They met on a mountain top in Africa, having both summited long before any of thier companions reached the top. They sat for quite some time together, laughing and talking, sharing a bottle of blue Gatorade and stories about other climbs.
It was hard to explain. There was a spark, but they were both in long-term relationships with other people. Still, there was a connection, and it was strong. When thier companions, including thier respective signifigant others, began to summit, they said goodbye. Niether understood the sadness they felt in parting. After all, they'd only just met, and didn't really know one another at all.
Time passed. The relationships they were in each fell apart for different reasons. He thought often of the girl he met on a mountain top. She thought of him, too. They each knew the state where the other lived, (him in Michigan, she on the West Coast) but they had not exhanged last names. As hopeless as it seemed, they remained on one another's minds. He could still hear her laughter and remember how it had made him smile. Someone asked him once if he believed in soul mates, and he thought of her, and said yes. She loved star-gazing, and would often think of him while walking alone at night. She could still picture his face clearly, and she'd wonder where he was, if he ever thought of her.
When his friends asked him to go climbing in Alaska a year later, he almost said no. He was busy at work and felt he wasn't in proper shape for a trek. But there was something pushing him onward, telling him to take the chance that, crazy as it seemed, maybe, just maybe, what happened once might happen again.
It was the same for her. She didn't even like climbing, not really, but when her friends asked her if she'd like to hike in Alaska, she said yes, imagining how amazing it would be if she was to meet the same man again in the same way.
At first she couldn't believe it. When she reached the mountain top and saw him sitting there holding a bottle of blue Gatorade, she thought she was hallucinating. When he saw her, he dropped the bottle, and niether spoke for quite some time. They both knew, in that moment, they had in front of them everything they had ever been looking for. They didn't know how they knew, only that they did. They exchanged all necessary contact information, and were married a few months later. Their friends thought they were nuts to change thier whole lives just because they'd met twice on the top of mountains, but they knew what they had was amazing, and they also knew they had been blessed with something that the universe rarely offers...a second chance. Oh, there are second and third and even fourth and fifth chances, yes, to find love, happiness and joy, but rarely is one blessed with a second chance to have the exact same thing. They had missed the mark in Africa...but when they met again in Alaska, they grabbed hold and did not let go.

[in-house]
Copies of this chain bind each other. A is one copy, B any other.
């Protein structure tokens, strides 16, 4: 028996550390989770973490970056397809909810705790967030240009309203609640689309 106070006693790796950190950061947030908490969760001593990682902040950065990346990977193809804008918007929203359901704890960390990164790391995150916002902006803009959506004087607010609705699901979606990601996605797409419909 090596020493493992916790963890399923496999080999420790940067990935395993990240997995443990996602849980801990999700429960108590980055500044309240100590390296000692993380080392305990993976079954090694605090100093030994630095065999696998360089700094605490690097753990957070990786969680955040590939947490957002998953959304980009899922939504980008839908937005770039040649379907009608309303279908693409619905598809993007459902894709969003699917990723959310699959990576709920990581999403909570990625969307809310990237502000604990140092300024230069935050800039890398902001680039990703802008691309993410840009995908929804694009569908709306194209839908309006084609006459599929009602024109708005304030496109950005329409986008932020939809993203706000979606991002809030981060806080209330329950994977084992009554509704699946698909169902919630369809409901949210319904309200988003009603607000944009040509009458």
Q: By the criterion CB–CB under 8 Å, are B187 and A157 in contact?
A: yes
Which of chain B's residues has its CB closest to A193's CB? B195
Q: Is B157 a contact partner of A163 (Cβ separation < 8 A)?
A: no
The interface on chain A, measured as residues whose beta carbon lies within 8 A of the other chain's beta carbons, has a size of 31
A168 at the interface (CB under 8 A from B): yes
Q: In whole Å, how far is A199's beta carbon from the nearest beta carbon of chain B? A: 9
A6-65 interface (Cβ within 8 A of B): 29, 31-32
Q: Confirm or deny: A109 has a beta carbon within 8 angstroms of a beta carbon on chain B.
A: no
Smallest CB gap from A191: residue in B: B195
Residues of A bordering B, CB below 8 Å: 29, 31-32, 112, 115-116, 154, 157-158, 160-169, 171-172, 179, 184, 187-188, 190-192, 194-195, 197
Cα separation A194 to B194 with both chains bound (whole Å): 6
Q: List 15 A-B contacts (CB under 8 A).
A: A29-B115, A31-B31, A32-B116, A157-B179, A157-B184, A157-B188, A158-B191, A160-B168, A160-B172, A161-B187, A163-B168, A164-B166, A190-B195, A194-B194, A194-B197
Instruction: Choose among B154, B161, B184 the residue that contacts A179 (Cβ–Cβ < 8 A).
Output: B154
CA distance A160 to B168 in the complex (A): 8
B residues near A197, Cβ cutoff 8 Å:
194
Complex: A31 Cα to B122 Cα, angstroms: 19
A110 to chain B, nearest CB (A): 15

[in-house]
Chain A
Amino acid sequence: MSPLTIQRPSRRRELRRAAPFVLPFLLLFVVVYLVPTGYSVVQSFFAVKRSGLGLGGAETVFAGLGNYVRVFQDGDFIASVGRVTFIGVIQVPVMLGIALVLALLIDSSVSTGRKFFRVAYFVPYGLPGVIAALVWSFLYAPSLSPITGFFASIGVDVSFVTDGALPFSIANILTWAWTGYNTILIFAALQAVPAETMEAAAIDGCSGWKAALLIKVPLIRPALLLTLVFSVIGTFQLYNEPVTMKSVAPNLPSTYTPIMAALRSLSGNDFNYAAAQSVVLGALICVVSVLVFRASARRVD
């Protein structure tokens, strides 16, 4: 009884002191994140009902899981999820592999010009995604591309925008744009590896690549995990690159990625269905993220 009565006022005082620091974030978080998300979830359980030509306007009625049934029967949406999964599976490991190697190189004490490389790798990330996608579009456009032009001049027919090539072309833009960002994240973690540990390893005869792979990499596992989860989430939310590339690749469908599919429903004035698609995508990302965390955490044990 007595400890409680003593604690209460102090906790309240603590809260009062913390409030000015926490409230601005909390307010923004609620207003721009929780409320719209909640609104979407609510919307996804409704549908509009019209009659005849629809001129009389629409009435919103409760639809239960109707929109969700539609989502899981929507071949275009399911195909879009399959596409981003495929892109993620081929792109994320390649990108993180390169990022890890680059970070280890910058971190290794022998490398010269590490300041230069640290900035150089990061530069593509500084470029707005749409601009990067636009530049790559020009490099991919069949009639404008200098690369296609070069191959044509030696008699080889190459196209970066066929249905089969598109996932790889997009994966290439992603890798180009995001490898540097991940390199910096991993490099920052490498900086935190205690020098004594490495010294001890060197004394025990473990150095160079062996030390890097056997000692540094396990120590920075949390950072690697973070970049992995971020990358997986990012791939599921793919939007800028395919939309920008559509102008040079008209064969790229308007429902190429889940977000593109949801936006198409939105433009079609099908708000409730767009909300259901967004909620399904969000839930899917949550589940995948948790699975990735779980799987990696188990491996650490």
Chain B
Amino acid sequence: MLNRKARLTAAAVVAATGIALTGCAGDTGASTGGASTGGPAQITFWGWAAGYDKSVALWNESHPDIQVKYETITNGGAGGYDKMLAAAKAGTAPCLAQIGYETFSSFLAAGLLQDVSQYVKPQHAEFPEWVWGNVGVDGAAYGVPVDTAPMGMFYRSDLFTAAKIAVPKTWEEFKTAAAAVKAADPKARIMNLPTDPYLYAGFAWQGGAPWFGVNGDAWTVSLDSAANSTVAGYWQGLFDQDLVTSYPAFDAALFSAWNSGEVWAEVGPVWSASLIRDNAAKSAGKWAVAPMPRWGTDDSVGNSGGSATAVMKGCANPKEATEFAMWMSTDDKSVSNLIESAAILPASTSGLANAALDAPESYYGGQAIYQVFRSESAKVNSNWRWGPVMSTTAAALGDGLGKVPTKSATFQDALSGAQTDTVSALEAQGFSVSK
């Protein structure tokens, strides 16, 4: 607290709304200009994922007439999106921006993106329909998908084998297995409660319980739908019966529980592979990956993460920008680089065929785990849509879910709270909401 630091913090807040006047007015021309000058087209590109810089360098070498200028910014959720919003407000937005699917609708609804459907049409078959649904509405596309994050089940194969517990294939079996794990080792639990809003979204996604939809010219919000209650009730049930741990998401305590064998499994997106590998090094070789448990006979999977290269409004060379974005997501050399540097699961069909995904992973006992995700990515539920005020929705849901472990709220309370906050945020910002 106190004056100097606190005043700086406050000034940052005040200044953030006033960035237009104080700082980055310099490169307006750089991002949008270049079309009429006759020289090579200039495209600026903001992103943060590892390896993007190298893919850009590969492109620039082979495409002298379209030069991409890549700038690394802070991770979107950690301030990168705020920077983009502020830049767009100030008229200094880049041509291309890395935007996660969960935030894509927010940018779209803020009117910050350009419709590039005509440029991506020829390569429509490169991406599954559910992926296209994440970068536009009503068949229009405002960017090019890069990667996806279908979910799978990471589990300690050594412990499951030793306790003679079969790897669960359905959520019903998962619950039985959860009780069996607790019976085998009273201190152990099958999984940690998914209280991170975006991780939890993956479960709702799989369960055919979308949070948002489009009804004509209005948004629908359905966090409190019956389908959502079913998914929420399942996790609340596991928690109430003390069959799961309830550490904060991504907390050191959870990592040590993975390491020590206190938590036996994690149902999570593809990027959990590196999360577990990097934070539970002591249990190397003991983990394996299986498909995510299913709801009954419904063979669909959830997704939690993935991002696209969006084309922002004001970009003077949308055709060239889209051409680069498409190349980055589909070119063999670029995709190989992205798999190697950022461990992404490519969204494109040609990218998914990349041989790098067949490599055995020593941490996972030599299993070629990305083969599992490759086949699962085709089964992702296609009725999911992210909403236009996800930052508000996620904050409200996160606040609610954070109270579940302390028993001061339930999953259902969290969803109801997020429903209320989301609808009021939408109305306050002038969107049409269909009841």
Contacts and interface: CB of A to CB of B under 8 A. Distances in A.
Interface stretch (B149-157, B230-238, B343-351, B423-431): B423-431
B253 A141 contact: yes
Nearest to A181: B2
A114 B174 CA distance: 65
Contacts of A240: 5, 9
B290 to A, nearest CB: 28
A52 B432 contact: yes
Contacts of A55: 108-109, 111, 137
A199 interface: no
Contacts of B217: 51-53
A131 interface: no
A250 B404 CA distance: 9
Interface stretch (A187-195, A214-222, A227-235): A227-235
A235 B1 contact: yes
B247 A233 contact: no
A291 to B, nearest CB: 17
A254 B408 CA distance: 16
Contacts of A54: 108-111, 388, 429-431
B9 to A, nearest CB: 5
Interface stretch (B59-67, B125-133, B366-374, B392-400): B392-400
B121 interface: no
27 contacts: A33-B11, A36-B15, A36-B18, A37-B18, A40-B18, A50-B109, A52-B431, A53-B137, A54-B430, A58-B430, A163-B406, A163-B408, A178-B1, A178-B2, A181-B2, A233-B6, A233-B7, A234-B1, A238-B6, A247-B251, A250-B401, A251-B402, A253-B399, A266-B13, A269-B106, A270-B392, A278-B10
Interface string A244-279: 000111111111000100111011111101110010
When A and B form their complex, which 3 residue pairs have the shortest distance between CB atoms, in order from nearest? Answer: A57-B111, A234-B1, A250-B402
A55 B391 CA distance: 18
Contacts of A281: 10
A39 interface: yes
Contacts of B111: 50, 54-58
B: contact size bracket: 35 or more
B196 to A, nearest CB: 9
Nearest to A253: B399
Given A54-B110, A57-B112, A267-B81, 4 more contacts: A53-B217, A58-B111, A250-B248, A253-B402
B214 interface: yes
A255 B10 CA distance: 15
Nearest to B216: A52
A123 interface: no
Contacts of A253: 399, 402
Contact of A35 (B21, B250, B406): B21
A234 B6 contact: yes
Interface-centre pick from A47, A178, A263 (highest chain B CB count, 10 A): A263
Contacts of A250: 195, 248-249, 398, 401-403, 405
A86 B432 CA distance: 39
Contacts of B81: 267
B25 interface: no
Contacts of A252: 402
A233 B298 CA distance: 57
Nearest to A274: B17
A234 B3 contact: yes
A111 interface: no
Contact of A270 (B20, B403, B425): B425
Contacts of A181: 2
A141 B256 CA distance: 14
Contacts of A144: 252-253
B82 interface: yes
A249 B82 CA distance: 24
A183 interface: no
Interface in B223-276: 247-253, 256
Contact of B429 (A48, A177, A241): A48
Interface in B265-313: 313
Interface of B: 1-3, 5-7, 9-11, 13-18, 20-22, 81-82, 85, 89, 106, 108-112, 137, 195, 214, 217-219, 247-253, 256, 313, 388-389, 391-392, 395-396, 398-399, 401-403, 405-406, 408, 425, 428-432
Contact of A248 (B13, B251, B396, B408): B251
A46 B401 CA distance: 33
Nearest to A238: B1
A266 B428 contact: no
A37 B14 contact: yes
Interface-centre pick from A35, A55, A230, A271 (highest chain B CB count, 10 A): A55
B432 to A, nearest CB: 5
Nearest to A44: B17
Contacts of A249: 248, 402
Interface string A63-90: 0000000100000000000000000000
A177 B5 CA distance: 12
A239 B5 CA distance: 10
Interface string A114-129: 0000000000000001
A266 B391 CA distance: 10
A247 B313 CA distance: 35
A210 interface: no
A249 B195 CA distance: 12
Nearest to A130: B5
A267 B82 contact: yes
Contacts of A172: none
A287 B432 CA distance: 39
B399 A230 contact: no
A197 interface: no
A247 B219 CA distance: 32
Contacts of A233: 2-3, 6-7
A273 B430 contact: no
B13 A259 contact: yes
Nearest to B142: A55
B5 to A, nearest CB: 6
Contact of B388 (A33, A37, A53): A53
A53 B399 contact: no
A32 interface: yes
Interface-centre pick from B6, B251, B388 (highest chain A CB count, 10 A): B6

I read the tale of this couple in a newspaper many years ago. The focal point of the story was soul connections, how they are one of life's most amazing experiences, how they are always mutual, and how they rarely manifest themselves in ordinary ways. You're not likely to find one with a co-worker or someone you meet at a local bar, and you're rarely going to find one when you are actively seeking it. Soul connections happen on a deep level that requires being bold, because they won't usually come to us at convienent times or in ways that make logical sense. That's the beauty of it, but also, the very reason many people don't recognize when it's happening in thier own lives.
But the wonderful thing is, they do happen. We just have to keep our eyes open and be bold enough to believe in something beyond the ordinary.